Water is essential for the survival of life on earth, but under the pressures of population growth and climate change, freshwater resources are becoming scarce. More than 2.3 billion people live in countries subject to water stress (when demand exceeds available resources), amounting to more than a third of the world’s population. Experts predict that by 2025, almost 460 million people in Africa will be living in water-stressed areas, while 230 million Africans will be facing water shortages. Efforts are being made to implement solutions such as water recycling, but there are still many obstacles to overcome.
Water recycling – a long time coming
Wastewater reuse, also known as water reclamation or water recycling, is increasingly recognised as a sustainable solution to the world’s growing water crisis. Rather than considering wastewater as a product to be disposed of, it can be treated and purified to limit freshwater consumption. The treated water can be used for agricultural and industrial purposes or for groundwater replenishment. Some countries have already taken action on a large scale. In Italy and Spain, for example, respectively 8% and 14% of wastewater is reused. In Israel, 85% of wastewater is recycled.
As a consequence of climate change, many regions around the world are seeing their water resources diminish drastically. The United Nations even estimates that global demand for freshwater will exceed supply by 40% by 2030. In France, a record period of 32 days without rain was recorded between January and February 2023, delaying the replenishment of groundwater and impacting available water resources. In South Africa, the severe drought suffered between 2018 and 2021, combined with the rise in population, has further exacerbated the crisis.
Despite the many benefits of wastewater reuse, its uptake has been slow and primarily restricted to countries the most exposed to water stress, in other words the most vulnerable. In France, for instance, only 1% of wastewater is reused. This figure is far behind Spain and Italy, which are exposed to recurring droughts. Another obstacle is the stigma associated with recycled-water use, even though numerous reports show that recycled wastewater is not only as safe as conventional potable water but can even be less toxic than certain natural water sources. A recycled-water safety communication campaign would be a prerequisite to overcome public objection. However, the primary obstacle to implementing recycling methods is no doubt the lack of technology and expertise in the field.
Generally speaking, there are three stages to wastewater treatment. Primary wastewater treatment refers to the filtering of solid waste and chemical purification, while secondary treatment involves the biological purification of wastewater. This is followed by tertiary treatment: wastewater is converted into good quality water that can be used for a variety of purposes. Each stage of the treatment process necessitates specific technology and infrastructure requirements, which implies significant financial investments.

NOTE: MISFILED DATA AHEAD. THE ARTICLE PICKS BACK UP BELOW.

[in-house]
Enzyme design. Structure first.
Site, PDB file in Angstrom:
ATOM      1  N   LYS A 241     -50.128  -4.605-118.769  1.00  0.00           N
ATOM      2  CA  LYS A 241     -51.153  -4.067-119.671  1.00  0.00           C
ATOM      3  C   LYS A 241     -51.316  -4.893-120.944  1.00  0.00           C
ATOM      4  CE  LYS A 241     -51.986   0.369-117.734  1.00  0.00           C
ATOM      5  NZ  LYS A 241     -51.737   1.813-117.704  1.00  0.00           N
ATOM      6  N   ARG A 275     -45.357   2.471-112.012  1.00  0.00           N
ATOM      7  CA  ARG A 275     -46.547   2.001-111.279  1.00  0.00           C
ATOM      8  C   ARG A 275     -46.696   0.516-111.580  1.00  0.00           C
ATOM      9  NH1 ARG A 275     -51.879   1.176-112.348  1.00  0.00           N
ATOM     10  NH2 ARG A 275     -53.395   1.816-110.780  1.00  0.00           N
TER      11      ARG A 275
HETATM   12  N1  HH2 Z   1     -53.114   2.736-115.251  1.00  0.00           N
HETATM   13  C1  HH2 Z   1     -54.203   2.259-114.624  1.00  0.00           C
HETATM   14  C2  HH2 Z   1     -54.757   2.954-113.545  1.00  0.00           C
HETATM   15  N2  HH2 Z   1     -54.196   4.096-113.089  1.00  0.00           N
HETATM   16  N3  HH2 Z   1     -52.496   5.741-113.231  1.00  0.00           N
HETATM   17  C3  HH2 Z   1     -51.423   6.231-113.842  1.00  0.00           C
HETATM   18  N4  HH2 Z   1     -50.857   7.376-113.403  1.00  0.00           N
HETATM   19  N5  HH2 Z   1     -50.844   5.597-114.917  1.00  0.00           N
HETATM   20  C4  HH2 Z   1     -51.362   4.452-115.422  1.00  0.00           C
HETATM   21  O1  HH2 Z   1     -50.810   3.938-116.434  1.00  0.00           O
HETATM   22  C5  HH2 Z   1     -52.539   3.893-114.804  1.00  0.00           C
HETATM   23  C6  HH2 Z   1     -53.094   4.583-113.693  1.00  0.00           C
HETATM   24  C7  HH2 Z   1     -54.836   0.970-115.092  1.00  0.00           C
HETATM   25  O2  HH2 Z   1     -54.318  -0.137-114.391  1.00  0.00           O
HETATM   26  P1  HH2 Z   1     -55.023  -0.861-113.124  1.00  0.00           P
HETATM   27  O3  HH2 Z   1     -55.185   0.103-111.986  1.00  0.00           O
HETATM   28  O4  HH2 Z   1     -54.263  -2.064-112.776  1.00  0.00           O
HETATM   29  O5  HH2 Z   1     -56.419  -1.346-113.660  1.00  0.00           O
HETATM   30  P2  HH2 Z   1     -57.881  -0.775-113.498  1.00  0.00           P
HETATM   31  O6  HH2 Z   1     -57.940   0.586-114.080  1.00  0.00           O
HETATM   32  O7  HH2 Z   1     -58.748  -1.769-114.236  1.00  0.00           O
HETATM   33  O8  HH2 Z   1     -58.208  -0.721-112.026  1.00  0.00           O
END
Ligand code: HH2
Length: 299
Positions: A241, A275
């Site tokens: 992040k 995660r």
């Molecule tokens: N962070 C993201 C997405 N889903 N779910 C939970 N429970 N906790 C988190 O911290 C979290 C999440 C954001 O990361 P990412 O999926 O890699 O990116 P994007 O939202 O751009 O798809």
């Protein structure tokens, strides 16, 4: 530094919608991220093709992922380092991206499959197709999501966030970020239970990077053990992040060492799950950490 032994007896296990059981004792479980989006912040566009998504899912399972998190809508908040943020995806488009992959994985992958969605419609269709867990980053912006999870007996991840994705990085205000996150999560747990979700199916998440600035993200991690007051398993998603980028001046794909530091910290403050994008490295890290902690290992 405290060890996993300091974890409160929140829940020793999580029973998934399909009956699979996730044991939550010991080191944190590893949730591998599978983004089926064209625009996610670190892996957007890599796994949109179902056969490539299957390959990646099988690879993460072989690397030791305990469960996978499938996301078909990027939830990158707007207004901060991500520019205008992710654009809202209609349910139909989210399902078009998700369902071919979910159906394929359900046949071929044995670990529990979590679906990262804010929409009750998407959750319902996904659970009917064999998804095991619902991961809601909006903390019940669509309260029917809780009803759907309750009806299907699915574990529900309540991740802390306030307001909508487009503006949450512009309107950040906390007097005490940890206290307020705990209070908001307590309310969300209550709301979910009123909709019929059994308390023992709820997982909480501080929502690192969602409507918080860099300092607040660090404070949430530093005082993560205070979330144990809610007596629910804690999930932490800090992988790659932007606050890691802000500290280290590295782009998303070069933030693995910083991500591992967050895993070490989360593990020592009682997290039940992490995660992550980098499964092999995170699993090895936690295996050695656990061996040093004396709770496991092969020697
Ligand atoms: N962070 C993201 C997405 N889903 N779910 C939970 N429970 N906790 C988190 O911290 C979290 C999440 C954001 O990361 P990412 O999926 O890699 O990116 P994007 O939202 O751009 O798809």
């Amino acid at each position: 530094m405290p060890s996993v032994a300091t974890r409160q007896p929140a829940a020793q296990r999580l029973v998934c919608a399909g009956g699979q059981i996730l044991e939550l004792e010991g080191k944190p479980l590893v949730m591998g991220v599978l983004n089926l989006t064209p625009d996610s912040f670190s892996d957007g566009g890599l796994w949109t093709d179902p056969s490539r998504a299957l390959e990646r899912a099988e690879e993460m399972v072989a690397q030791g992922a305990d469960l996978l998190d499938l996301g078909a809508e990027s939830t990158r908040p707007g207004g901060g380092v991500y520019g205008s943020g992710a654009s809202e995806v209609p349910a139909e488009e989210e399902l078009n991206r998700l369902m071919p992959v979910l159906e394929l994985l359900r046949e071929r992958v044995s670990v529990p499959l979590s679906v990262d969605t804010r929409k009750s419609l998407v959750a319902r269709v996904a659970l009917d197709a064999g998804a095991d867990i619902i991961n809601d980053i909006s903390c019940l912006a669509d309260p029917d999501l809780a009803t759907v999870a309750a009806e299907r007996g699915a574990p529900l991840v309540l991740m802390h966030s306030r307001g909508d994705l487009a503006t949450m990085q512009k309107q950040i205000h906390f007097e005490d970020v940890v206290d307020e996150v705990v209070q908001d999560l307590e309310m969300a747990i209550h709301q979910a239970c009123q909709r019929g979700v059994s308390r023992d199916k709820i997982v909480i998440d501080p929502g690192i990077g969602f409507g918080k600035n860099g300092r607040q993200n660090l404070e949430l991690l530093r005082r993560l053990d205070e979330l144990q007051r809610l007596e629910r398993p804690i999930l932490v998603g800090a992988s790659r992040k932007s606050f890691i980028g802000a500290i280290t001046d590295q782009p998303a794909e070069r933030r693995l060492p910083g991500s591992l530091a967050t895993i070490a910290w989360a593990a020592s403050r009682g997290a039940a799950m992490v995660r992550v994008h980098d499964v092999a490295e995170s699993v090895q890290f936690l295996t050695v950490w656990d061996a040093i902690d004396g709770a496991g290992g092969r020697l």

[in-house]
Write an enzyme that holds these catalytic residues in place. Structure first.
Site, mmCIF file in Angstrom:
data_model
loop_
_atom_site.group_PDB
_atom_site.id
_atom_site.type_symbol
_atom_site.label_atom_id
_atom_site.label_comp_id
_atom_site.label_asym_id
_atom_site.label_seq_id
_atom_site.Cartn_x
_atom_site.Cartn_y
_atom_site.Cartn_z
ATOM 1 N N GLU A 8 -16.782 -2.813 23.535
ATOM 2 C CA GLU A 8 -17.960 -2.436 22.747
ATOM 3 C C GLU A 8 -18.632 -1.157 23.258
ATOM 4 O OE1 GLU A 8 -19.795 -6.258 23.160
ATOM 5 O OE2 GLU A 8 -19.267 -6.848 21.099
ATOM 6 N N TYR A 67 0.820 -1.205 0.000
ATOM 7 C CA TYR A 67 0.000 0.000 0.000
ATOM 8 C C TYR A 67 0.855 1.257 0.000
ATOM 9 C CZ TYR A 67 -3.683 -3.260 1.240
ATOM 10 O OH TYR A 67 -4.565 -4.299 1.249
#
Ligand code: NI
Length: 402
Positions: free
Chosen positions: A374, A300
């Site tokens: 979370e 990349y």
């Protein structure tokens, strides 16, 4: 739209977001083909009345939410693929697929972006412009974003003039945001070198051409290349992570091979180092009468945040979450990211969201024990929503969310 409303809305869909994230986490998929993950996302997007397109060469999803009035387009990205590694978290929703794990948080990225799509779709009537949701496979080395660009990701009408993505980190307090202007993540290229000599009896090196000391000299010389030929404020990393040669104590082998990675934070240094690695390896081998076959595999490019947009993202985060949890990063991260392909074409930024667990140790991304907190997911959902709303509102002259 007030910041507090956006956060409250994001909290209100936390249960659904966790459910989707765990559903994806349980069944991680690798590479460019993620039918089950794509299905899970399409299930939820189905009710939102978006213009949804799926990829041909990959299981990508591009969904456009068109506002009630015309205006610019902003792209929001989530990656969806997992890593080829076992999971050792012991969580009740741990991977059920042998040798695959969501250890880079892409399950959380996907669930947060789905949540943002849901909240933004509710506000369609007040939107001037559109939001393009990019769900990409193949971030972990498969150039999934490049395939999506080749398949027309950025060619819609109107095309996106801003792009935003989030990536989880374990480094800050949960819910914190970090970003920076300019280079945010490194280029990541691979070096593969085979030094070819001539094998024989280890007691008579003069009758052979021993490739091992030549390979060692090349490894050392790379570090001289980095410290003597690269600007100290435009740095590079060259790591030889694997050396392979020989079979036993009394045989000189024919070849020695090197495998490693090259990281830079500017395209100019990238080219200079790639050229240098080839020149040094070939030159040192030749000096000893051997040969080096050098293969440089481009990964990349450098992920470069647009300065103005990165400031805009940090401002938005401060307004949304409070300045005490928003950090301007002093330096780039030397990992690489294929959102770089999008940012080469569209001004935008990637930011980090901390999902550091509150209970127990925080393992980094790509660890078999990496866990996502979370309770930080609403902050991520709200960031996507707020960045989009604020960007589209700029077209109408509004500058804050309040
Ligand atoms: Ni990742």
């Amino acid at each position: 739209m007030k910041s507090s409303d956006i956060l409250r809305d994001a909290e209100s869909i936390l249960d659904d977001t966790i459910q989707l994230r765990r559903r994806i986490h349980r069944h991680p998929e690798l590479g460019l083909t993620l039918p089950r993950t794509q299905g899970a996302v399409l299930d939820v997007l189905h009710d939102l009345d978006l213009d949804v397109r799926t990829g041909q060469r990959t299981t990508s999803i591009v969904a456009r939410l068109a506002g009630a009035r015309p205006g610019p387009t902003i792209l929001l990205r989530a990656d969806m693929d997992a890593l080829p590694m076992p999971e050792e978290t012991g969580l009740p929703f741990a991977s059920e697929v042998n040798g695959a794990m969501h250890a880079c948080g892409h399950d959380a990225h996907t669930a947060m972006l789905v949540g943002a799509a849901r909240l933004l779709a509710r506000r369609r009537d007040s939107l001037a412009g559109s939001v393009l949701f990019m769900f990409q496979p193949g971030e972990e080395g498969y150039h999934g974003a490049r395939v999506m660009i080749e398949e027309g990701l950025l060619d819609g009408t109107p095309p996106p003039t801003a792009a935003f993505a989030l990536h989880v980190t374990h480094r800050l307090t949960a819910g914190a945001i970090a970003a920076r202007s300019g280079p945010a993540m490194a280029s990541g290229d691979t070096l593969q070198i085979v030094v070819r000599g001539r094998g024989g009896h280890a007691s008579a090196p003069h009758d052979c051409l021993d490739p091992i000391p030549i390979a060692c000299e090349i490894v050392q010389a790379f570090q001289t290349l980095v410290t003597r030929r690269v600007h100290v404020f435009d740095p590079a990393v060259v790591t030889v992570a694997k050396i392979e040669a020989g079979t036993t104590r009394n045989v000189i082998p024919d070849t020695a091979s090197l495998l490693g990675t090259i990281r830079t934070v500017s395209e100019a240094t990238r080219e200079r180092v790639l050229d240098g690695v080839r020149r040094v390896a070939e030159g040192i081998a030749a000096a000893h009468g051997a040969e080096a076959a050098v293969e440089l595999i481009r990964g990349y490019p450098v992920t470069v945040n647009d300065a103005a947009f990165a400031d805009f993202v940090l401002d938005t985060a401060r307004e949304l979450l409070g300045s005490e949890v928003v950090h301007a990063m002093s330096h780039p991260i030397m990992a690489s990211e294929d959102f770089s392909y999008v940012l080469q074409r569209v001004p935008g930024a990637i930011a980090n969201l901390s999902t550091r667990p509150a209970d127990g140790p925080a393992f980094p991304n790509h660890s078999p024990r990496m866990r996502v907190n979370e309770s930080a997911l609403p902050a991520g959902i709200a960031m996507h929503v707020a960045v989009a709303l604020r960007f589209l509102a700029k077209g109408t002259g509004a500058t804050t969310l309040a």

Governments have a role to play in bringing down these barriers and facilitating the adoption of these new practices. Financial incentives to companies and local authorities, such as subsidies or preferential financing terms, for investment in water reuse and public awareness campaigns are just two of the options available.
Freshwater preservation depends on the guiding principles of a circular economy: reduce, reuse and recycle. However, the reuse or recycling of wastewater, which is an effective solution for coping with resource shortages, will not solve all the water-related problems to be faced in the coming decades. Optimised methods of use are needed to reduce water consumption. Agriculture, which accounts for more than 70% of water consumption worldwide, remains a priority. Reducing water pollution is also a related objective. Water contamination disrupts the water cycle and has a negative impact on available resources.
Making water circularity a priority of the state is the only viable course of action. France, for example, has defined an ambitious objective: to triple the volume of reused water by 2025 (19,000 m3 per day in 2019). To reach it, the government recently unveiled a water crisis plan, which includes some 50 measures to re-use, share and save water. The aim is to provide funding to encourage water reuse and reduce the country’s water footprint. Once the support framework is in place, it will be up to consumers to bridge the gap.
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